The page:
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The Video Lab

Our self-service video lab is an innovative on campus recording studio. You can use it to create instructional videos, podcasts and other presentations, teach live via zoom, or for your thesis examinations

The video lab

Designed for both lecturer and student use, our recording and broadcasting technology is streamlined so you can focus on teaching and learning. The lab is self-service, with comprehensive instructions on how to use the technology.  Reservations are essential and are managed on a first-come, first-served basis.

The lab is located on the 2nd floor of Ivey Hall in room L204.  It is open to Lincoln University staff and students. 

Designed with you in mind, the studio is equipped with: 

  • Cameras to capture your video session 
  • A computer to run presentations (or you can use your own laptop)  
  • A document camera 
  • A microphone  
  • A large screen TV for playback 
  • A choice of Lincoln University branded, plain backdrop, or greenscreen 
  • Easy to use controls on the front of the desk to control the lights and TV input 
  • A whiteboard that you can use just like the whiteboard in a classroom

Take a tour of the Lab

video lab tour v2

Make a reservation

The video lab must be reserved. Reservations are managed on a first-come, first-serve basis. Reservations can be made by logging in to the library room booking service.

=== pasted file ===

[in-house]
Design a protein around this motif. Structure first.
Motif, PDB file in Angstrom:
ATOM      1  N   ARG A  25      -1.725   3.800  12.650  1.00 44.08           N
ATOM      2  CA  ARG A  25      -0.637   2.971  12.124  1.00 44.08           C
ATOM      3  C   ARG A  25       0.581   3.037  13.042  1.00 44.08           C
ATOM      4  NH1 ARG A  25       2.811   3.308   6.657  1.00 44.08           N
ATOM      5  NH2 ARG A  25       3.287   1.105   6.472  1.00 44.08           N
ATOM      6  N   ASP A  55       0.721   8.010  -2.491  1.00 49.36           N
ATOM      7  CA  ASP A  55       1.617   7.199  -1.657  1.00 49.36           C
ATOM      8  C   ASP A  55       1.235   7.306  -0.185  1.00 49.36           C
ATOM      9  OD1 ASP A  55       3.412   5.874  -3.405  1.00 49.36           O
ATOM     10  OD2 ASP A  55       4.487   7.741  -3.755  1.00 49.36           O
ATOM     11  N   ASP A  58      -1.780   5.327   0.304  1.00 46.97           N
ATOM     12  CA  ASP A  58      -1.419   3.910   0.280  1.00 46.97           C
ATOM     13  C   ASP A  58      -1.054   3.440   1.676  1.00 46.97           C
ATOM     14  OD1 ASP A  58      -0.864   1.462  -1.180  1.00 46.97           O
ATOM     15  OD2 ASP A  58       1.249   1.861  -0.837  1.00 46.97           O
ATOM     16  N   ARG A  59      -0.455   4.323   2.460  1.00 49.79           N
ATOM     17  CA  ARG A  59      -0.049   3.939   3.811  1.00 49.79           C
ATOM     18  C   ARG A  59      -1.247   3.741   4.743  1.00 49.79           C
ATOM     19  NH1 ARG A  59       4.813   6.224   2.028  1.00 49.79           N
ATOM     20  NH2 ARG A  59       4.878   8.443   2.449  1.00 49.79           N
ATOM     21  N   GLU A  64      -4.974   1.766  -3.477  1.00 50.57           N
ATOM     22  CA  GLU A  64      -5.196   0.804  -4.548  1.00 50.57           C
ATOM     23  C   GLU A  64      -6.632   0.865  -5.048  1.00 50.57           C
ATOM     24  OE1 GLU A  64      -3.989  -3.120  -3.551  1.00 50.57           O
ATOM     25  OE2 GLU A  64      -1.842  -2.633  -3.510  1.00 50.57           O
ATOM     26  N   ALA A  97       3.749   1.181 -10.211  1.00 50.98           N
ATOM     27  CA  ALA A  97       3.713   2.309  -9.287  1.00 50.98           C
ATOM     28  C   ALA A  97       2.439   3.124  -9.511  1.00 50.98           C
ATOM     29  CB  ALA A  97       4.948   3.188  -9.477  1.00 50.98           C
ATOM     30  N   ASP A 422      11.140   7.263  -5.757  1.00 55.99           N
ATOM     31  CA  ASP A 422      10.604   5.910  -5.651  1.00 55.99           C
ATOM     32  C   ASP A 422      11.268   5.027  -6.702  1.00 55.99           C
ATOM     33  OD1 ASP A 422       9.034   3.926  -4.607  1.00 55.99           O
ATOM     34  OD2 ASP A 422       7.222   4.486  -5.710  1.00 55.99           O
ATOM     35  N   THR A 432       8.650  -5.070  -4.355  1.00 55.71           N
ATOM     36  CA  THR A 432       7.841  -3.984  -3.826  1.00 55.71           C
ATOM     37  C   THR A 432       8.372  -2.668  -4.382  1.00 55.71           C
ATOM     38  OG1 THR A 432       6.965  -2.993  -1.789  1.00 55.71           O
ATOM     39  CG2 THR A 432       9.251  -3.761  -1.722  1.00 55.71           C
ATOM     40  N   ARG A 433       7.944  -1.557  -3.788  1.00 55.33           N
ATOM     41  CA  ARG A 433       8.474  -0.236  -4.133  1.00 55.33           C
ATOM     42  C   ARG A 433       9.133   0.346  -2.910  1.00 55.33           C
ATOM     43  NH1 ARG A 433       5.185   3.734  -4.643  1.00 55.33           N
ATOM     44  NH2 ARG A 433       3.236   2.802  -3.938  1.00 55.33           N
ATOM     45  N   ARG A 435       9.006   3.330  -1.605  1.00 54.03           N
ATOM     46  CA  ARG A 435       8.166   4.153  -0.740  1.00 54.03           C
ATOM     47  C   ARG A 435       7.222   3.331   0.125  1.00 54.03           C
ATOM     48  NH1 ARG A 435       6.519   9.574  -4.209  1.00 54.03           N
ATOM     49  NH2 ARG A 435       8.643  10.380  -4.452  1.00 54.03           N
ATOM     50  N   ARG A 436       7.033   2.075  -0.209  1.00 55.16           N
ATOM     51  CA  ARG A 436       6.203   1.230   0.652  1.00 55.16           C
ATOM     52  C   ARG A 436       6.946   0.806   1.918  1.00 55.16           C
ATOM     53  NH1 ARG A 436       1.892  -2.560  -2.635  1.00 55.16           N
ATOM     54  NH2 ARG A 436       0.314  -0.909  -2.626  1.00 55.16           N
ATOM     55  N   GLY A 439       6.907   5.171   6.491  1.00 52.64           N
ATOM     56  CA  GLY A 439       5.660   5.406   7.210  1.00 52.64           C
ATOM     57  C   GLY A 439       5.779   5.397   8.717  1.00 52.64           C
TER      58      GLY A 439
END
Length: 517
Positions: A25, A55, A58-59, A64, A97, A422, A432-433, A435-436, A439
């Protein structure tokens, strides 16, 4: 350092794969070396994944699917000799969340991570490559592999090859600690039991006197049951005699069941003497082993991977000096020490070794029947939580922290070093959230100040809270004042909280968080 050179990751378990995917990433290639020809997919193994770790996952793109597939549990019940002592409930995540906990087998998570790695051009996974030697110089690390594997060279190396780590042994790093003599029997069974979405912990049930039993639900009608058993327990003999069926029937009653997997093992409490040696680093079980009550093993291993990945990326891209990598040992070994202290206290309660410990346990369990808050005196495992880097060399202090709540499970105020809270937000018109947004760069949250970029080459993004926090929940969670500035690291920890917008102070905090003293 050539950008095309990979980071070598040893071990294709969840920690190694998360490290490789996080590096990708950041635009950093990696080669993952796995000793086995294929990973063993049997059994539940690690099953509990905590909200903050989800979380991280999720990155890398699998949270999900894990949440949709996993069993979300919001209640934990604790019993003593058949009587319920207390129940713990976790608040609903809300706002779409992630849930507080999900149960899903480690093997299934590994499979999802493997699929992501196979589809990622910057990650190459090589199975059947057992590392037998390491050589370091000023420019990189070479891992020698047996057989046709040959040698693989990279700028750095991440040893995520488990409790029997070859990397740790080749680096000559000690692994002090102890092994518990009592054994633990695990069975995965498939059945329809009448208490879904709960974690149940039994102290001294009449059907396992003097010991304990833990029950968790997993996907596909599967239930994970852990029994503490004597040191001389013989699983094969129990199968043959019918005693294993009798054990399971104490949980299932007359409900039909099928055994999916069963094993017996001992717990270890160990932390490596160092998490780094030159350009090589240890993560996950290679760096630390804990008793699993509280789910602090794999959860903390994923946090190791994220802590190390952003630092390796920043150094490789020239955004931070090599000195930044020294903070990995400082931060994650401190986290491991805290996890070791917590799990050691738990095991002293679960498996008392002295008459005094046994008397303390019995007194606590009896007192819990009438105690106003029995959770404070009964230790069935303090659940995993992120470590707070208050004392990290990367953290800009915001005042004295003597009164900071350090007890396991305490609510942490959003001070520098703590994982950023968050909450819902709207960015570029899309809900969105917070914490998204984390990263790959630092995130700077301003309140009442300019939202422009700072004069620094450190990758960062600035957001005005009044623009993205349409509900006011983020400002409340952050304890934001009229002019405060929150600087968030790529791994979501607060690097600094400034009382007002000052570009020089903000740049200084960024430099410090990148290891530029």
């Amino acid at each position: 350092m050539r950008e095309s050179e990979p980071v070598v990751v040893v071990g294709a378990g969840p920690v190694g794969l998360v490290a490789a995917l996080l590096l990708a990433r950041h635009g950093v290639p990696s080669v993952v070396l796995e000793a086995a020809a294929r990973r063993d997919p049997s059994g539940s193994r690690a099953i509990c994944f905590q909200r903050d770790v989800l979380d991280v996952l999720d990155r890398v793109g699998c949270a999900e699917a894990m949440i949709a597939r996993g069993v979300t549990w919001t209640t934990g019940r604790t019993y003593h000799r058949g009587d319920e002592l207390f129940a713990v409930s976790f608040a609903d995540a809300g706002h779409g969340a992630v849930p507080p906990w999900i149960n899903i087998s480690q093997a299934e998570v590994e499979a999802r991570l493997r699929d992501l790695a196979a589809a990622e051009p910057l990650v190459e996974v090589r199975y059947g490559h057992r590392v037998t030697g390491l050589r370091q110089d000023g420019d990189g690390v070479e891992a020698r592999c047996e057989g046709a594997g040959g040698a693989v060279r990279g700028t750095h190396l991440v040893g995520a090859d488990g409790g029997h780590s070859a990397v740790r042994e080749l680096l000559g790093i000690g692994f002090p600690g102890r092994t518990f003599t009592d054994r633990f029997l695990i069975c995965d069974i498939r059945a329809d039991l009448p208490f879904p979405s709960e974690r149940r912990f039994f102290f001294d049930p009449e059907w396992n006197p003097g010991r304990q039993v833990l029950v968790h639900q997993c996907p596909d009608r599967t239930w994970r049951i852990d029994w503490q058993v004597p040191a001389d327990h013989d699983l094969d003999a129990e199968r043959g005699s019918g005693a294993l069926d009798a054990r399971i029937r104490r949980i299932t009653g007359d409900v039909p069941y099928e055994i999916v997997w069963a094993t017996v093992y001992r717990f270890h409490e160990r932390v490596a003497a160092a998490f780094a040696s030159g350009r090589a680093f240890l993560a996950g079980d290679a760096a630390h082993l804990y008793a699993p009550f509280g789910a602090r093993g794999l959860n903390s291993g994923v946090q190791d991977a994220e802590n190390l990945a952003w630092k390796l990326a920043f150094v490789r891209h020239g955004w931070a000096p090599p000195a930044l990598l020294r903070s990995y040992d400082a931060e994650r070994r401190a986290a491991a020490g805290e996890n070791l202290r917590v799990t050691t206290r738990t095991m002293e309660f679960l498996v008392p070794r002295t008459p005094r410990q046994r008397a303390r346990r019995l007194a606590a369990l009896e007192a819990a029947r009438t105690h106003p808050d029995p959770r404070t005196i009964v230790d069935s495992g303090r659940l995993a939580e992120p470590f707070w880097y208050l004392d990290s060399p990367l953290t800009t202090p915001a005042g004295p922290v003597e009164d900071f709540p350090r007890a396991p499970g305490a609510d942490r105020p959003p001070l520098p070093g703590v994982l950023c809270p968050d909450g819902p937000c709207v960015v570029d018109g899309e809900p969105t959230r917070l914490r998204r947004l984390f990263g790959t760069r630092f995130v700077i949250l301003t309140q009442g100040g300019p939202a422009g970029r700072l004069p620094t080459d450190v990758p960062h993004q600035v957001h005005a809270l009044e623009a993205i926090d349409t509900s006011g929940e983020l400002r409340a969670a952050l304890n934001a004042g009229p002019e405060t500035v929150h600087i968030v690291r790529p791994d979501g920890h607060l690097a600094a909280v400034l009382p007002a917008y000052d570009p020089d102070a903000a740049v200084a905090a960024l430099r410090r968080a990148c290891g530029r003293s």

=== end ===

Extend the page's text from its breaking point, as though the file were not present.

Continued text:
Once you log in, most of the fields are prepopulated, however you will be asked to provide: 

  • Your course code (mandatory) 
  • The number of people attending the session (optional) 
  • Start and end date of your booking (typically the same day) 
  • Start and end time of your booking. 

Reserve the video lab (L204) today via the library room booking service

Book Now

Prepare for your session

Learn how to prepare for your video lab session, including how to pick an outfit and practice your presentation. 

Record a video

In this guide you’ll learn how to record a video in our video lab. Here are a few tips to get you started: 

  1. Plan your video – it should be no more than six minutes long. 
  2. If you are using slides, use a large font size (at least 18pt) and engaging visuals like simple graphics and charts. 
  3. Follow the tips under Choose Your Outfit to pick clothes that will look great on camera. 
  4. Make your video part of a balanced workload. Students are more likely to watch one video than five. 
  5. Unless you have the time and knowledge to edit your video, you will need to record at least one complete take—the entire video from start to finish—that you’re prepared to share with your audience.